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Inside the mind of a 3-year-old preacher
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I have a guest columnist this week — my Mom.

Sometimes when I write these columns, she writes back to me with comments about memories, particularly memories of when I was growing up. In one column, I wrote about how when I was 3 years old, my parents were teaching me to say “sir” and “ma’am.” We had just finished a trip in the car, and Dad said, “Get out, Bobby!” I wanted to continue riding, and I blurted out defiantly, “No!” Startled by my negative response, my Dad demanded, “What did you say?” I thought quickly about the lessons I had learned in etiquette, and I replied, “No, sir!”

Retelling that story prompted a response from Mom. Here are a few of her thoughts:

“When you were about 3 years old, we were having dinner with my parents at Oak Grove (Mississippi) and a lot of family members were there. You wanted to say the blessing. You blessed everybody, then you started on blessing the food, dish by dish. ‘Thank you for the turkey, thank you for the cranberry sauce, etc., etc.’ After a while, some snickers were being heard, so when you took a breath, I said ‘Amen.’ You said, ‘But I’m not through, Mama!’ The laughter could not be suppressed.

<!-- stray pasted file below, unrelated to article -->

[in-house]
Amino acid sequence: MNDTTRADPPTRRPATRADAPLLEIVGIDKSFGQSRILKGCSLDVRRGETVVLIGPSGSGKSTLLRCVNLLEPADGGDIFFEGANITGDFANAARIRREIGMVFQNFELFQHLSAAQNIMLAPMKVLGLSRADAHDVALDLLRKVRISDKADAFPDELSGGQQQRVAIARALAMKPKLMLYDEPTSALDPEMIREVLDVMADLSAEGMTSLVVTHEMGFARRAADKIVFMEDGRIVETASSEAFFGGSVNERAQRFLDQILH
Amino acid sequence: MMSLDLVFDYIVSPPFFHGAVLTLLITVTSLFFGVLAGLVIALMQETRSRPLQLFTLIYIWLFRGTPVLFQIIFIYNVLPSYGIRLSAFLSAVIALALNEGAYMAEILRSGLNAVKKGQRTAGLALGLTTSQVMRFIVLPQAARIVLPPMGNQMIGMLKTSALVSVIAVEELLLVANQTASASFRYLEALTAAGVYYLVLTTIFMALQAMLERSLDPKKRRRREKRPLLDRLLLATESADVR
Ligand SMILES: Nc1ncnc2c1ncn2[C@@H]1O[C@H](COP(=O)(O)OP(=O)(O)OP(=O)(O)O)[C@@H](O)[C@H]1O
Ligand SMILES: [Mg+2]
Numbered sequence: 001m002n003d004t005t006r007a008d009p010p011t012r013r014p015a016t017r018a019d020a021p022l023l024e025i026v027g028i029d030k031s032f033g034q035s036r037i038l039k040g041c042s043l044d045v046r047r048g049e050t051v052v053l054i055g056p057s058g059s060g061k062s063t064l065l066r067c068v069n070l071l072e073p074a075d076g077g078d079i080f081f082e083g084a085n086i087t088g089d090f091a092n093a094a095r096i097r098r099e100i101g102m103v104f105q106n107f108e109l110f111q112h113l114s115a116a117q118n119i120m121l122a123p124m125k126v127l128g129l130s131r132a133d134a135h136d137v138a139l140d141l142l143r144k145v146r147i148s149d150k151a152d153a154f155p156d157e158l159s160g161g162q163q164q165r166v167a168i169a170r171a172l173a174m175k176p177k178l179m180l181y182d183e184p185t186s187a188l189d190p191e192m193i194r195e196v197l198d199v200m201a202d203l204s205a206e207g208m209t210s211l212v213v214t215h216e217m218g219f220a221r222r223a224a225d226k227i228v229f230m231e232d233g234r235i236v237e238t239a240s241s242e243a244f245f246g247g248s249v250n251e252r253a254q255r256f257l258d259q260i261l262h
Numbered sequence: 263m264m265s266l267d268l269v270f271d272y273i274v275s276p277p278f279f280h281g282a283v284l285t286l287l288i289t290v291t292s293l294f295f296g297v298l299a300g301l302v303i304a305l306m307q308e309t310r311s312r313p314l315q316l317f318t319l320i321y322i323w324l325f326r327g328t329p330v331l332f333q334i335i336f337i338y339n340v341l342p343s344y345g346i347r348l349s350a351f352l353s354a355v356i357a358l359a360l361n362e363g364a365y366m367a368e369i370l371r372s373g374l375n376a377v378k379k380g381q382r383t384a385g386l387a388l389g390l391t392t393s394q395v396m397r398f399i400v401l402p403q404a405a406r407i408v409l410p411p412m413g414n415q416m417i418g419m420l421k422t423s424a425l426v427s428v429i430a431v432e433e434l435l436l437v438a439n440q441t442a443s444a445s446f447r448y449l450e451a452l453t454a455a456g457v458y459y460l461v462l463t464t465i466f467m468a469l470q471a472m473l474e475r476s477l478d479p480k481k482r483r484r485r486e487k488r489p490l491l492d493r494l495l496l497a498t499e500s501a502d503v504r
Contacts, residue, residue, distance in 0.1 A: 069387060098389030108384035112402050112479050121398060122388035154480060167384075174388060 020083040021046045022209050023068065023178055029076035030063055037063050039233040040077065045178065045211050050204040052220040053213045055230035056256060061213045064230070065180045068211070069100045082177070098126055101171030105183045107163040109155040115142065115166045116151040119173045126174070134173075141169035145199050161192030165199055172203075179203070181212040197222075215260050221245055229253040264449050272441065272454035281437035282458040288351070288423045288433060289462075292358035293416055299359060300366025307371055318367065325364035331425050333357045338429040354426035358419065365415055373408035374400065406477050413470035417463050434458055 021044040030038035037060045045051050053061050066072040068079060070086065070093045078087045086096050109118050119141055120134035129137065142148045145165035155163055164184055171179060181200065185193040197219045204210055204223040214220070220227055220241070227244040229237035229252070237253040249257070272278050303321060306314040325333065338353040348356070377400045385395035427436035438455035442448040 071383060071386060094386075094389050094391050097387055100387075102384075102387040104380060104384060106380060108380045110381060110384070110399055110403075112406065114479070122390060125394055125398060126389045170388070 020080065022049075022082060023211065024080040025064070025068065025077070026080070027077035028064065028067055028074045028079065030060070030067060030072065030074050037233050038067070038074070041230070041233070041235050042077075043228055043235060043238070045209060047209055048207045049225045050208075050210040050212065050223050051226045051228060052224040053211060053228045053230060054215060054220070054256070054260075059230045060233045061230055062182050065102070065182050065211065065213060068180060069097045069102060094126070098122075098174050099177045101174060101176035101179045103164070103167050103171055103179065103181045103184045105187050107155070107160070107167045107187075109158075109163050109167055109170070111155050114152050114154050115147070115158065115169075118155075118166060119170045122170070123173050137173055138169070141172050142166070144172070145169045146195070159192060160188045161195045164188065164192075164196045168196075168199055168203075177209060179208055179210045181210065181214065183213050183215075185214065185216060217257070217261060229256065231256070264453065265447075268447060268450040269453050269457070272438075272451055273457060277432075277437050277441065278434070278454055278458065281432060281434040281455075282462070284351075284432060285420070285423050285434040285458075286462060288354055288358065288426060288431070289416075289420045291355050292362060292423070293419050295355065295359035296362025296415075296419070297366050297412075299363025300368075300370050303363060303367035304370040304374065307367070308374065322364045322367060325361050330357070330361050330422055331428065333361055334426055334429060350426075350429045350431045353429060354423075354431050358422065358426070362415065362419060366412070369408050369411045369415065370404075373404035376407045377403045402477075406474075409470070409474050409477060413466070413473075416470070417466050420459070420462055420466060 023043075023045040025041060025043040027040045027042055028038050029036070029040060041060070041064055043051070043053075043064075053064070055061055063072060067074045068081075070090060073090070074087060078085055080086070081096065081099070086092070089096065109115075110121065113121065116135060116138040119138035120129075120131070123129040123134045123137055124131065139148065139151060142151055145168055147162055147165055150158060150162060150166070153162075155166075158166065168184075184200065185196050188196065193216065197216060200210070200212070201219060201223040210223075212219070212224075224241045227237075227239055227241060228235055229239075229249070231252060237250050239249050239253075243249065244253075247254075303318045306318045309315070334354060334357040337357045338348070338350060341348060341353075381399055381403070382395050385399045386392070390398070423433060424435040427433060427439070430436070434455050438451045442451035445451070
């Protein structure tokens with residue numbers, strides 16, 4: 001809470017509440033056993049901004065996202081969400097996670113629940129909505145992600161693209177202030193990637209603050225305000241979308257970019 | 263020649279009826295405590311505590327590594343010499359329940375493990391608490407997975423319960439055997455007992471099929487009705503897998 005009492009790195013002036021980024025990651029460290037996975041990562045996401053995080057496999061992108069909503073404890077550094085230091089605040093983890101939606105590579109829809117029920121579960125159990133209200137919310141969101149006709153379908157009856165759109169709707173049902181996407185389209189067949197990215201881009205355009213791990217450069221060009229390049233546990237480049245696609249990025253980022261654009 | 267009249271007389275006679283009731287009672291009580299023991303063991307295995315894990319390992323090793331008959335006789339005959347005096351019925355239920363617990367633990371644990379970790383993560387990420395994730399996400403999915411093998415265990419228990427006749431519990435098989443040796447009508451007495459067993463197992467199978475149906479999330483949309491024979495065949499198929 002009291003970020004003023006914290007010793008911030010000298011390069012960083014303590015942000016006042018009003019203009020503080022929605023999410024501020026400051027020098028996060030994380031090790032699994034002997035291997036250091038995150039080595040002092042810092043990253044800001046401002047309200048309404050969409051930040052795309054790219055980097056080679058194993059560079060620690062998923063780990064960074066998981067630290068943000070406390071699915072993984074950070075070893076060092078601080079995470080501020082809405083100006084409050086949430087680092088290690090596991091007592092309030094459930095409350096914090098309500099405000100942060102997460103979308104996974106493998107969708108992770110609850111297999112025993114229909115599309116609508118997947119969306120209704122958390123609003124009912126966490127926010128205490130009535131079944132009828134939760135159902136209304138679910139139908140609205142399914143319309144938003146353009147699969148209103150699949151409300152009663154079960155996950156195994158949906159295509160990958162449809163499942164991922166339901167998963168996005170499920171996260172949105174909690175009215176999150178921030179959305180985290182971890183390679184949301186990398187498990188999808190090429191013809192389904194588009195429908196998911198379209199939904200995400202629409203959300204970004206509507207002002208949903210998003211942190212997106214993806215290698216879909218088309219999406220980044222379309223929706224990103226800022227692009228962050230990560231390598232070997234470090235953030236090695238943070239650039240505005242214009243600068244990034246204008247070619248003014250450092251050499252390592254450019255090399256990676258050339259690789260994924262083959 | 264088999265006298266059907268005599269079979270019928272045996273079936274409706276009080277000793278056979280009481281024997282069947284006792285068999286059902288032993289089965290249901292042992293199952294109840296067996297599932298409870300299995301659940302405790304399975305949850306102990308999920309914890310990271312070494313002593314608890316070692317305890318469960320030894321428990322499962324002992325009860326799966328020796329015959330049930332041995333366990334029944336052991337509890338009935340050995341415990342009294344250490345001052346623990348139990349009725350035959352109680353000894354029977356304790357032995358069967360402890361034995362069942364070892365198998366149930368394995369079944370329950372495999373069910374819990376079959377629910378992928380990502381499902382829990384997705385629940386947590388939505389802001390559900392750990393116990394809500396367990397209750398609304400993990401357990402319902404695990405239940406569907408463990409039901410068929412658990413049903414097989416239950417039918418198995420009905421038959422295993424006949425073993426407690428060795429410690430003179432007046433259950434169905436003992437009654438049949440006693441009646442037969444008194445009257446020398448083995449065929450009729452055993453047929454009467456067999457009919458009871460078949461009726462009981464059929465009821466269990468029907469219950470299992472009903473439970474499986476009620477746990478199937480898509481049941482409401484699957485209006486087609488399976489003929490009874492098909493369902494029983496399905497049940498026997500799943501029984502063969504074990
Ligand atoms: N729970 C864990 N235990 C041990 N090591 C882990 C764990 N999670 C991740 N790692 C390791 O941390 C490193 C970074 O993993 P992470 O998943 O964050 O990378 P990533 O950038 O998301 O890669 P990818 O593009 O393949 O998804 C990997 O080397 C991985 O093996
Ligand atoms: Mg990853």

“When you were little, about 3, I think, you asked me what angels did all day, did they just fly around naked? I can’t remember how I answered.”

Well, Mom, you know, inquiring preachers’ kids want to know these things. How are we going to find out if we don’t ask? Too often, people just swallow whatever they’re told in church, rather than checking it out for themselves. That’s like swallowing already chewed food. Personally, I’d rather chew it myself. That’s why I’ve always admired the Christians mentioned in Acts 17:11 who, after they heard the apostle Paul preach, “examined the Scriptures daily to see if these things were so.” They weren’t afraid to ask questions.

Maybe they even asked about naked angels. I wonder if they found out what those angels do...

(Copyright 2011 by Bob Rogers. Email: Read this column each Friday in the Herald. Read old “Holy Humor” columns by visiting and clicking on “Holy Humor.”)